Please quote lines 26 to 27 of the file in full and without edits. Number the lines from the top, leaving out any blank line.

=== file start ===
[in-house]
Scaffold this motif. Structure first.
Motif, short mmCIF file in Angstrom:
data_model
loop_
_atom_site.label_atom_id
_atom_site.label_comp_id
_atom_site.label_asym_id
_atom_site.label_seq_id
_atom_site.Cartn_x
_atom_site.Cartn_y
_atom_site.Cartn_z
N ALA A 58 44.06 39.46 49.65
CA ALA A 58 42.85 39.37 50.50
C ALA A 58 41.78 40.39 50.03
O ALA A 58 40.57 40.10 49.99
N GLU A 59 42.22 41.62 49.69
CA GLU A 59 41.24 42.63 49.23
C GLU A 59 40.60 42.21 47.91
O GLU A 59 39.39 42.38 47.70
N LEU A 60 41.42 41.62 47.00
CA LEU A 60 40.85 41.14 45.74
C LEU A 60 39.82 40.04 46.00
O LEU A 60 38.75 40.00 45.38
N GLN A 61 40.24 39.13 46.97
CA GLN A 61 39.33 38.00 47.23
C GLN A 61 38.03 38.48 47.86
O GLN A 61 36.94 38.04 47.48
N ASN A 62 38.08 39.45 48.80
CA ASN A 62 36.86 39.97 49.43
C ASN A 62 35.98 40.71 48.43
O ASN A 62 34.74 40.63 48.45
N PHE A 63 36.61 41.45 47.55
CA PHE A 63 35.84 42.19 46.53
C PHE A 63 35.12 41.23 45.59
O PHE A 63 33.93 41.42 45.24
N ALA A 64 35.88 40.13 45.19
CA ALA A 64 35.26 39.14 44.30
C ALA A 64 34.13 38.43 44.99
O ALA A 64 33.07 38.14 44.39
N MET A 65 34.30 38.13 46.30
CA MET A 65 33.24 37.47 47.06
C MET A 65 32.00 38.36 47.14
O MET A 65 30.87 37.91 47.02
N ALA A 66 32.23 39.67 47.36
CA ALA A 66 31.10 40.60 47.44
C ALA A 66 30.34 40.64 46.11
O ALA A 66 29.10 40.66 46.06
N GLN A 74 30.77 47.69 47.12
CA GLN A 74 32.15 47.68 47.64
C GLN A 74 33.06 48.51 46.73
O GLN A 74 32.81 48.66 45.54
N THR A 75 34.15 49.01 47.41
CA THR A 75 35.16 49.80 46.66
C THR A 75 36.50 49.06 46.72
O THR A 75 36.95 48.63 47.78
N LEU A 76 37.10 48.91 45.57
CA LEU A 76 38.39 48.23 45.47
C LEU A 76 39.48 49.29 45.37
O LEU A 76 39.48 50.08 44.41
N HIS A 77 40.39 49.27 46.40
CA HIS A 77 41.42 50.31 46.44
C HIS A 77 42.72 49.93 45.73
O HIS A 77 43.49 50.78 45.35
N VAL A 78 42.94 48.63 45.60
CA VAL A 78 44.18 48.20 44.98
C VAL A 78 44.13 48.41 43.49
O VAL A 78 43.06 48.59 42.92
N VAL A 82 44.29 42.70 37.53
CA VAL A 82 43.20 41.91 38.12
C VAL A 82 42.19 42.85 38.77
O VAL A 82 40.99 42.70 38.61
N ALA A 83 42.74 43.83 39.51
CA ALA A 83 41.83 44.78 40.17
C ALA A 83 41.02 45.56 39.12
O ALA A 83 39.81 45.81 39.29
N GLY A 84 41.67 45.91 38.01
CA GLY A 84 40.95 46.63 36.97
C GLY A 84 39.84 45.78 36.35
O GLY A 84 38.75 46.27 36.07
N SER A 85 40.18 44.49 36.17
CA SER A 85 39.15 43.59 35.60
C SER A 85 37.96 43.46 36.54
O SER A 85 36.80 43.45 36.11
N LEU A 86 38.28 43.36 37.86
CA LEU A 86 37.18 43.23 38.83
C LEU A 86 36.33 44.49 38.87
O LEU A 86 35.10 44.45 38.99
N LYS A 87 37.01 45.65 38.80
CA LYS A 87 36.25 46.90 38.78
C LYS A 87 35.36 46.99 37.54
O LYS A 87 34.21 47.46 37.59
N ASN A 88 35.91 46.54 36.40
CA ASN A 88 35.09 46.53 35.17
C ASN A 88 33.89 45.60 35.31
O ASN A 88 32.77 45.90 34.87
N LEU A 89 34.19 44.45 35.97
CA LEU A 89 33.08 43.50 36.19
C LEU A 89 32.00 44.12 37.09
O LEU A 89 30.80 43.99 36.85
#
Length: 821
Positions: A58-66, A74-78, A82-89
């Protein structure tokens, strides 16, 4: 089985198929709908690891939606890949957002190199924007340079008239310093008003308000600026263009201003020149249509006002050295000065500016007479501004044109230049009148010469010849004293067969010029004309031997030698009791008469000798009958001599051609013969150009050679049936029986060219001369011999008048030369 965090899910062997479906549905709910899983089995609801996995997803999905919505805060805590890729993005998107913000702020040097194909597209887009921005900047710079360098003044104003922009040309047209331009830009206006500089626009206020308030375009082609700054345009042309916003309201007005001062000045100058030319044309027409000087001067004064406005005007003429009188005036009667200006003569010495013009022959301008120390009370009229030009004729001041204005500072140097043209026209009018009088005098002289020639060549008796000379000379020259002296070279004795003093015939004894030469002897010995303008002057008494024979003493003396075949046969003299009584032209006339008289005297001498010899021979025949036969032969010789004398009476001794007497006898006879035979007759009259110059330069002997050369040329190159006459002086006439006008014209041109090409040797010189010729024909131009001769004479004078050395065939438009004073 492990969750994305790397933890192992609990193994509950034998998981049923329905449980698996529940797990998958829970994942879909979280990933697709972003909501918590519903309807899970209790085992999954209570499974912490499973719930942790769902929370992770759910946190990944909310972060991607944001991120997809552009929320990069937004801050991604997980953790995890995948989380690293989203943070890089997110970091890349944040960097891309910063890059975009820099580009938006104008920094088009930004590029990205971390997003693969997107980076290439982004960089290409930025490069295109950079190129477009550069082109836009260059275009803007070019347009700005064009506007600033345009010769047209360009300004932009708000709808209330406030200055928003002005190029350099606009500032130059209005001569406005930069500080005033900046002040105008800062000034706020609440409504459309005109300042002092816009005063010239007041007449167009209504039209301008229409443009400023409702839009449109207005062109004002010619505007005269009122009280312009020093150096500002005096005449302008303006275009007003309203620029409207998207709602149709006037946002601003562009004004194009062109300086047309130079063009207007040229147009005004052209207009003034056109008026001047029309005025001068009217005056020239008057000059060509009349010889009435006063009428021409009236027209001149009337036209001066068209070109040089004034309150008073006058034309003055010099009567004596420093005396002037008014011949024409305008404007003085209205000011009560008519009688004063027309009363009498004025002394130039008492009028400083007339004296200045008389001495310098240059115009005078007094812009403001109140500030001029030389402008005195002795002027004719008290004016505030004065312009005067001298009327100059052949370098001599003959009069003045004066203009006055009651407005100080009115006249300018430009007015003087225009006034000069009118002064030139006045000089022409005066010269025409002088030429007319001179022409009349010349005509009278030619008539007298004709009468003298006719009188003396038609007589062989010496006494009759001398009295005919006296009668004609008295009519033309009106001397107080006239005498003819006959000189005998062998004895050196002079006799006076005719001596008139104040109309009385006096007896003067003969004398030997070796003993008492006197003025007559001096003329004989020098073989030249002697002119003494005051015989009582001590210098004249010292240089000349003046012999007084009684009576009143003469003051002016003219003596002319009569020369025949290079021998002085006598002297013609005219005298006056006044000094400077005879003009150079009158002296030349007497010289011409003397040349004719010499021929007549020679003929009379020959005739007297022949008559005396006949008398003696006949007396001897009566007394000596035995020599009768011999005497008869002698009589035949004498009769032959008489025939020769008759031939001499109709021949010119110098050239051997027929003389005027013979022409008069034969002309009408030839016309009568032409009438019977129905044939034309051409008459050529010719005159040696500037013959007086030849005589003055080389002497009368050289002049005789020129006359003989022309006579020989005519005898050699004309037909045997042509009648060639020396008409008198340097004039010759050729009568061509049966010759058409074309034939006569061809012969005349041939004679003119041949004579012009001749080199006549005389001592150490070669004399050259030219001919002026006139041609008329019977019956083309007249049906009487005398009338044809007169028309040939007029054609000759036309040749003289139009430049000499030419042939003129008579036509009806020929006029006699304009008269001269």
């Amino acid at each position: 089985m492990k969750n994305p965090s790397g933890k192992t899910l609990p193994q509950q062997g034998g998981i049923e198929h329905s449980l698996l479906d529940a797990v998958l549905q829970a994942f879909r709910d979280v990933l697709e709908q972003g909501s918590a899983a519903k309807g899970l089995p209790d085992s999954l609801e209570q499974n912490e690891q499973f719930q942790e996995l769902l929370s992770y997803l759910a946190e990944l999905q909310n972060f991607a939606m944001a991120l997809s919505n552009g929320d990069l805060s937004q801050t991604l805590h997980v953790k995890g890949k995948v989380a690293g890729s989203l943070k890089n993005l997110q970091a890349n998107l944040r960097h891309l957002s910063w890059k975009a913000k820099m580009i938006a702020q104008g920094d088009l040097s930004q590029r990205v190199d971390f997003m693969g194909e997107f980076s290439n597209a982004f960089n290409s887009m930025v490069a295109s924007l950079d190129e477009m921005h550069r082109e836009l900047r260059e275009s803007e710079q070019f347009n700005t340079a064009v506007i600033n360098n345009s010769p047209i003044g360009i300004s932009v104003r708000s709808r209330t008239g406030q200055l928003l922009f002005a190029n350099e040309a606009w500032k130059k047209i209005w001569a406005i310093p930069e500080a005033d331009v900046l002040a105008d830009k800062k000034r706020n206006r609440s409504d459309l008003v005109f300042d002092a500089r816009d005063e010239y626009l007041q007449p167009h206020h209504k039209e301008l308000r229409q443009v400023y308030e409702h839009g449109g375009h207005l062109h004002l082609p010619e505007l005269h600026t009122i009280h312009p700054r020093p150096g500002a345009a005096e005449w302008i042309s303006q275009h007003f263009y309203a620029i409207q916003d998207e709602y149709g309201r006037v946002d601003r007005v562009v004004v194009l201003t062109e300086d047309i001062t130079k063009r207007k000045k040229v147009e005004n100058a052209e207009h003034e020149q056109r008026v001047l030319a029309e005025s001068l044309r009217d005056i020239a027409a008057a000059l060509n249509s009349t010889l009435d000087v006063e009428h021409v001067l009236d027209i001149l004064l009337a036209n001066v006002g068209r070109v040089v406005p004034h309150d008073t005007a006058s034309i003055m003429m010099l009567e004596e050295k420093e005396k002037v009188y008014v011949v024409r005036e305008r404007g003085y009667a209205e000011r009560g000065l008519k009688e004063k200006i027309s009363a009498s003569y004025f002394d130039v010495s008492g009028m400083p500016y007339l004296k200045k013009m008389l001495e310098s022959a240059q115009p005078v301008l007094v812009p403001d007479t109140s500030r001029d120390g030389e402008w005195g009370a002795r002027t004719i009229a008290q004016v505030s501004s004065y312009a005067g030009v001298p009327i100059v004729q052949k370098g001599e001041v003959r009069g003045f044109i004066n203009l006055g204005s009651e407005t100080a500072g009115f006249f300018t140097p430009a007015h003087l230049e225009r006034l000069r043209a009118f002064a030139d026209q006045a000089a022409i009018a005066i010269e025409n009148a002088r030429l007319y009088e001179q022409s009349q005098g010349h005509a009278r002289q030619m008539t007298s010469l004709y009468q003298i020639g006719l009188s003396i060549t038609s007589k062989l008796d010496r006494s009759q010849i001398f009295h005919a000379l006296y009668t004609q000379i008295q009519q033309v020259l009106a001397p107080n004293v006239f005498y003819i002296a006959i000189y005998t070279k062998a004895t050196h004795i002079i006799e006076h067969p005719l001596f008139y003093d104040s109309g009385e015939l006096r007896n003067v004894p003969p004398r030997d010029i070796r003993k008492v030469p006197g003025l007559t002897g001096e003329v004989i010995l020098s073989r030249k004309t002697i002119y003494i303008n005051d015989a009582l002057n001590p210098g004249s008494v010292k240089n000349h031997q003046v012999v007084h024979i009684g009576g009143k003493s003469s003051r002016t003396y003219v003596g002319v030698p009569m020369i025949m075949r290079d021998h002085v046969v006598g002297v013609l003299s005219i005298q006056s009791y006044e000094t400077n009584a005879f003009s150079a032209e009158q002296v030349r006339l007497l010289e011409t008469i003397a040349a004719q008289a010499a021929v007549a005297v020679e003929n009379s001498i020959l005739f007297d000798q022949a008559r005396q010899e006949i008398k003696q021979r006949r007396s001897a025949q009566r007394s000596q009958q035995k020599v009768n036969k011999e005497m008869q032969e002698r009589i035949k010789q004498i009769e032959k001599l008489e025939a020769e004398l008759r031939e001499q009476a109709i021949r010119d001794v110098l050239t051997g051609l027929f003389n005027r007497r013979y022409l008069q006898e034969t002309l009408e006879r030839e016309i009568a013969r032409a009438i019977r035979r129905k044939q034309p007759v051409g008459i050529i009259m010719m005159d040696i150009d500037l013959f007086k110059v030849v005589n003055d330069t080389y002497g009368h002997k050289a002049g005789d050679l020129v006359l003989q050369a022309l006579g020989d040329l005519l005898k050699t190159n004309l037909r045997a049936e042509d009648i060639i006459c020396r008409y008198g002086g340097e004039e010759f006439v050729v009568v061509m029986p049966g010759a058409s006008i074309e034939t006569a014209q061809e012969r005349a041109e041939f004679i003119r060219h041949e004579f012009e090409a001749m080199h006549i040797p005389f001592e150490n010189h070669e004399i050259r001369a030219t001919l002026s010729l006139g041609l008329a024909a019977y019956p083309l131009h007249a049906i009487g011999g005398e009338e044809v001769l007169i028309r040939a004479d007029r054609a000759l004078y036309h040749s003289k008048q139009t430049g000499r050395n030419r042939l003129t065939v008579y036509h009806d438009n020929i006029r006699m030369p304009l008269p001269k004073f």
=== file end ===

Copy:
CA GLN A 61 39.33 38.00 47.23
C GLN A 61 38.03 38.48 47.86